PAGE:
Replica Bible Coins
Bible coins - Gold darics were probably included in the gold mentioned in I Chronicles 29:7 and Ezra 8:27.
Coins of the Bible
The Gold Daric
According to the British Museum:This photo is of a real gold Daric coin.
"In 550 BC Cyrus the Great founded the Achaemenid Persian Empire by amalgamating the Iranian tribes of the Medes and the Persians. Cyrus then looked to the west. His army defeated the Lydians and their king Croesus in 547 BC."
"It was in Lydia that the Persians first came into contact with coinage. After conquering Lydia in 547 BC, the Persians adopted the Lydian tradition of minting coins.
The gold daric, named after the Persian king Darius I (521-486 BC), and the silver siglos (or shekel) were the main denominations. An archer, representing the Persian king, appeared on the obverse (front) of the coin. The reverse consisted of a rectangular punch. These coins were minted in the western part of the Achaemenid Empire." - from the British Museum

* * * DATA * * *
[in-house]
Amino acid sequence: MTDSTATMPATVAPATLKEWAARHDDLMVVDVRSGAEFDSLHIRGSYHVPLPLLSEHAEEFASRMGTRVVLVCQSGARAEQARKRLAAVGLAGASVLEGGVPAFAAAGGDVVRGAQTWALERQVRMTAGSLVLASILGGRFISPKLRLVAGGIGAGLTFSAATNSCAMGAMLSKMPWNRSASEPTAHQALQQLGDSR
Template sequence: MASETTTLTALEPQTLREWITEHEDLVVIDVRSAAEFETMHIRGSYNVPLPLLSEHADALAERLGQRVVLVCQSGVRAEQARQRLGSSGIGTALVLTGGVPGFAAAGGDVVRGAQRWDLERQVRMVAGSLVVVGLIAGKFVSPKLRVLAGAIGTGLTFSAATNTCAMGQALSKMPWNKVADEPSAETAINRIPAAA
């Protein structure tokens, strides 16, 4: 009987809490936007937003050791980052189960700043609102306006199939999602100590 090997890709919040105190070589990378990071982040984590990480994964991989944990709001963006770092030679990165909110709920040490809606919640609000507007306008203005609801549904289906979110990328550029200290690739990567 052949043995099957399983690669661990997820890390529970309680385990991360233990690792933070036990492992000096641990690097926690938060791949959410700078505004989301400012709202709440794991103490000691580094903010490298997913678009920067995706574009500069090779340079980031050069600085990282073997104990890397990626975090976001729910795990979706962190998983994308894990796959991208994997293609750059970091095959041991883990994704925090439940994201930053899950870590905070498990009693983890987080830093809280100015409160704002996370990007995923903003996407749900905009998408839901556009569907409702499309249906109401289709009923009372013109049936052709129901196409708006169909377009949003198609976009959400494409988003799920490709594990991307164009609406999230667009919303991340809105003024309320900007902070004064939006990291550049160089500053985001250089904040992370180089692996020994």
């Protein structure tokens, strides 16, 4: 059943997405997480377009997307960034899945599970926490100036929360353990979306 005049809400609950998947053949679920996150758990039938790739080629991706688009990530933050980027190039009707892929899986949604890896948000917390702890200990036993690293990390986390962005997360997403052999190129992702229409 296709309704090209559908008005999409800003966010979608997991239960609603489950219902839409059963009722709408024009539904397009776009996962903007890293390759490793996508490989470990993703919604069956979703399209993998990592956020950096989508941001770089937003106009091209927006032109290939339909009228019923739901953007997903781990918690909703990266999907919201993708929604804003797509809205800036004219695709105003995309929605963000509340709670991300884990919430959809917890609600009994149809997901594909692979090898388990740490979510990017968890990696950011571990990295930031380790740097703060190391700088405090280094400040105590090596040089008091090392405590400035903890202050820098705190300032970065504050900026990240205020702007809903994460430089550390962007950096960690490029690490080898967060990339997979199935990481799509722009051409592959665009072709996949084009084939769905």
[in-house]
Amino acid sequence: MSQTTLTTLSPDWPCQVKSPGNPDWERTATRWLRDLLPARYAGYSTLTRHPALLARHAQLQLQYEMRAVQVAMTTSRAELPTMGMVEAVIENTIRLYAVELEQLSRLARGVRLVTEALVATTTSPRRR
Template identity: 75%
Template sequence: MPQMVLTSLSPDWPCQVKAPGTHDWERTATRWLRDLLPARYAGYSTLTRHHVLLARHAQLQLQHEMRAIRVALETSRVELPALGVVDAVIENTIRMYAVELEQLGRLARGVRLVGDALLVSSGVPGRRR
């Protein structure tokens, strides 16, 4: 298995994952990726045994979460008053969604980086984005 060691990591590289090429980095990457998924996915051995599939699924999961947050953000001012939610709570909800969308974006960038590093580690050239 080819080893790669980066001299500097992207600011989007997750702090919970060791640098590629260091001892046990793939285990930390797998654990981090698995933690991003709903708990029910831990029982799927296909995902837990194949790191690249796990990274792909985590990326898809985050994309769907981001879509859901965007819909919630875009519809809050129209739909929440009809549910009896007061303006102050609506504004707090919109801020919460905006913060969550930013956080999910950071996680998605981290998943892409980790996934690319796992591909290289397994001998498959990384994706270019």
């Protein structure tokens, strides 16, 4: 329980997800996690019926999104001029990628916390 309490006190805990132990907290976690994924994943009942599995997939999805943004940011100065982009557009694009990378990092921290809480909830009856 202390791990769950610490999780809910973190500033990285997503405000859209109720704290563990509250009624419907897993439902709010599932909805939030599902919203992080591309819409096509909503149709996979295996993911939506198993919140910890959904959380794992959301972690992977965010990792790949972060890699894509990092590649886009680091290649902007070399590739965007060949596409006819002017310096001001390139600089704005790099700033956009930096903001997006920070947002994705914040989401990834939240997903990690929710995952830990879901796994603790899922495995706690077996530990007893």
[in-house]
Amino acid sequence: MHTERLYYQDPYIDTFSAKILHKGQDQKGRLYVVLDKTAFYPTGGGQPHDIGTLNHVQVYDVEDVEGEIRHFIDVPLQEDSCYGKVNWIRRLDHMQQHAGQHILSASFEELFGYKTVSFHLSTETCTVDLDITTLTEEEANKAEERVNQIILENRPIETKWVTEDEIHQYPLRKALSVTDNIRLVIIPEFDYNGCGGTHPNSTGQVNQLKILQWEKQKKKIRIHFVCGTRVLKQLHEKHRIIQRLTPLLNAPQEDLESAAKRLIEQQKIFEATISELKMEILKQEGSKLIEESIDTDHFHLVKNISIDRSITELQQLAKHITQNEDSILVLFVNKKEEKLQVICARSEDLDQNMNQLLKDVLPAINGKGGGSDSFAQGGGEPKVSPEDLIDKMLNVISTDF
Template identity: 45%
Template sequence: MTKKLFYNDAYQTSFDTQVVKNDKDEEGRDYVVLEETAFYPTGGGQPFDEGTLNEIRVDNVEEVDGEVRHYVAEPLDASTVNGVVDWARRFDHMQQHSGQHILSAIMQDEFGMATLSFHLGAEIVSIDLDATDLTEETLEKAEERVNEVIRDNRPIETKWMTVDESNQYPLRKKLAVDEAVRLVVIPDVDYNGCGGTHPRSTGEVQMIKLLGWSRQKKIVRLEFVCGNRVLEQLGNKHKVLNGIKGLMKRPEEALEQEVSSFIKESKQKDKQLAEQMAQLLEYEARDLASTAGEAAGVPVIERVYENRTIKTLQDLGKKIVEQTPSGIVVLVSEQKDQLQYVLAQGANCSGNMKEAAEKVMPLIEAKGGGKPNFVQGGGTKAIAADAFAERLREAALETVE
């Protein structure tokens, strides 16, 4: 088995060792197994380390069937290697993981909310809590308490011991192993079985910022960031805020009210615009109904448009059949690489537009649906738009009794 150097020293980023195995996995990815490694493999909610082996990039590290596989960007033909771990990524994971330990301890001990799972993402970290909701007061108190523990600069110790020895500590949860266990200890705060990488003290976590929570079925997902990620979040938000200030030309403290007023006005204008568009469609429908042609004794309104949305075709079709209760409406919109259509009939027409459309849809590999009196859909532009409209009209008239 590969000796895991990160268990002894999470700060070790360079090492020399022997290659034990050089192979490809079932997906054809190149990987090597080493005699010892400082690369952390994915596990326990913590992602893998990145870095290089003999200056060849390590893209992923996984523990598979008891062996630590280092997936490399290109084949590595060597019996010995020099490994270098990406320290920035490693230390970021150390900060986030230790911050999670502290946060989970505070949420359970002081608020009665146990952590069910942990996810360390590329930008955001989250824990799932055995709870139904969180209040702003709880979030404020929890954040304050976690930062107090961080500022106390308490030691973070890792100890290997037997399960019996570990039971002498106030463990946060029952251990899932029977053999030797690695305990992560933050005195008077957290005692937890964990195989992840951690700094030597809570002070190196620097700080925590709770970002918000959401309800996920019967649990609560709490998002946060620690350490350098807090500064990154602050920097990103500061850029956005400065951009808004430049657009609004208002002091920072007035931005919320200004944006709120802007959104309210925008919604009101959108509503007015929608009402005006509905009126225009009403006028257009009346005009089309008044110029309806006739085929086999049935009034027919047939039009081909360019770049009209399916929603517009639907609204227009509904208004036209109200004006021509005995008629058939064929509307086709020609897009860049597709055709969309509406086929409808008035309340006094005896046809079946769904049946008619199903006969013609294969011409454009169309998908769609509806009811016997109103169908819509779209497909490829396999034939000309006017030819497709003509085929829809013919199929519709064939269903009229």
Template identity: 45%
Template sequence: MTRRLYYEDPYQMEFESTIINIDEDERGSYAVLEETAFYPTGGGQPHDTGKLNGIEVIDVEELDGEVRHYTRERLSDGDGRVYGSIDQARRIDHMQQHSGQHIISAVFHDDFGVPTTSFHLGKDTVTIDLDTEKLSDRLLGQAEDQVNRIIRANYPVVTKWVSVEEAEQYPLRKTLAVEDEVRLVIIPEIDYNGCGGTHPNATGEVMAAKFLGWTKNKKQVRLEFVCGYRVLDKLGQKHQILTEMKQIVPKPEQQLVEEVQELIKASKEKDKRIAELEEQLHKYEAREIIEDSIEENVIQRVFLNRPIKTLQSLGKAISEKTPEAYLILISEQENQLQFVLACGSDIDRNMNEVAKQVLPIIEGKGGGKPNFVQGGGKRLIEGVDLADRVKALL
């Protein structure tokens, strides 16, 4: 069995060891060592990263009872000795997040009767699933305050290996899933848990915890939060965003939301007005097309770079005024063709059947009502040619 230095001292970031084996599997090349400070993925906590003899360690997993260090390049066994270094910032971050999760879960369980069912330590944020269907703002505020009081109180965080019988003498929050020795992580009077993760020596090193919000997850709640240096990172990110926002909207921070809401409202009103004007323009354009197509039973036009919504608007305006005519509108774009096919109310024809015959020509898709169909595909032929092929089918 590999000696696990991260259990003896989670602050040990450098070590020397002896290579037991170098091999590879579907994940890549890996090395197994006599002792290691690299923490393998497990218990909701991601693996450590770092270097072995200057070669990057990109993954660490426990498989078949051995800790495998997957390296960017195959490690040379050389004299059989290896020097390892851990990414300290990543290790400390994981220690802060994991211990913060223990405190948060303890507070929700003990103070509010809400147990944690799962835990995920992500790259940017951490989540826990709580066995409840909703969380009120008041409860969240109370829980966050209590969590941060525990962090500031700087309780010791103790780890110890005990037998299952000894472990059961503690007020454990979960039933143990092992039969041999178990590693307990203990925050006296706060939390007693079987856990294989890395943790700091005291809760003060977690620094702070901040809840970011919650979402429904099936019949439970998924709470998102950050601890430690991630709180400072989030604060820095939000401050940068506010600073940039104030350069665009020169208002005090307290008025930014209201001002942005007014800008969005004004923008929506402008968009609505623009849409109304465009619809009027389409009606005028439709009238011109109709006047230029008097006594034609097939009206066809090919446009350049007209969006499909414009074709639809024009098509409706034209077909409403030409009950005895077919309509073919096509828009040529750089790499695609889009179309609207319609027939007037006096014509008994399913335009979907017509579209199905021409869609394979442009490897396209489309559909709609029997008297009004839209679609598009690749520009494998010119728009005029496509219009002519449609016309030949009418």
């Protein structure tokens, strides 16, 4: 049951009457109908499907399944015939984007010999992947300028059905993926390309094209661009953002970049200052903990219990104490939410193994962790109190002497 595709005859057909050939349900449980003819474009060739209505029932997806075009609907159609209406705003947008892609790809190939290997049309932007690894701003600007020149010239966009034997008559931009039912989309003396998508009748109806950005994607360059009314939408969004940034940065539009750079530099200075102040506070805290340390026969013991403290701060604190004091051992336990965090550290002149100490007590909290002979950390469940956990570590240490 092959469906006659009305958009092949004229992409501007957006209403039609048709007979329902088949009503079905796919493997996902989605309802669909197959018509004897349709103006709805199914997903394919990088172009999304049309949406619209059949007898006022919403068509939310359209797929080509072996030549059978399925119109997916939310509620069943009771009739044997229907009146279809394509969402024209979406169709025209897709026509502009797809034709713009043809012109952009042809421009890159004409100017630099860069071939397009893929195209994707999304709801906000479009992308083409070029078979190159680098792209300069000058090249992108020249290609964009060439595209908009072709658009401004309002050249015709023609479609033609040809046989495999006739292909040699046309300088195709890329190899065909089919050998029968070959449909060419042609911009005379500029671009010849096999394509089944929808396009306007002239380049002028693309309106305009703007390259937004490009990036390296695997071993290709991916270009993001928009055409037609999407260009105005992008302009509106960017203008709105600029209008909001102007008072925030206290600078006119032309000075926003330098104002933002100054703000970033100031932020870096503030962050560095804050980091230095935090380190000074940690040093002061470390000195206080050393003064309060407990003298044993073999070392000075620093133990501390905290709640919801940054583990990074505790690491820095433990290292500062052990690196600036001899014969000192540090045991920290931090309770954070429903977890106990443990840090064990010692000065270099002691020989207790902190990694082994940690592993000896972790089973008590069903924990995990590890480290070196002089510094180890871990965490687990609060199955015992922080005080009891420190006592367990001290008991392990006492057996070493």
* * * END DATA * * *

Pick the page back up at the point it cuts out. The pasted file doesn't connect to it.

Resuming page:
the silver shekel of Tyre
The silver shekel of Tyre displays the head of Melqart, the main god of Tyre, equivalent to the false god Baal in the Old Testament, on the obverse (front) and an eagle on the reverse.
This silver coin is a shekel denomination. In the Bible, Jewish men were commanded to contribute half a shekel apiece every year to maintain the Temple in Jerusalem.
hr>This photo is of a real silver shekel of Tyre.
The yearly collection for the Jewish Temple began each year on the first day of the month Adar and ended on the first day of the month Nissan. Money changers were available in the temple, John 2:14, during the collection period.
The silver shekel of Tyre is believed to be the most likely coin Judas received for betraying Jesus for "thirty pieces of silver," Matthew 26:14-16.
The silver shekel of Tyre was also the only coin Jewish leaders would accept in payment of the annual Temple tax for Jewish men.
These silver shekels of Tyre were minted from approximately 126 B.C. until 70 A.D.
In Matthew 17:27, a single shekel like the one in the above photo was used to pay both Jesus’ and Peter’s half-shekel temple tax.
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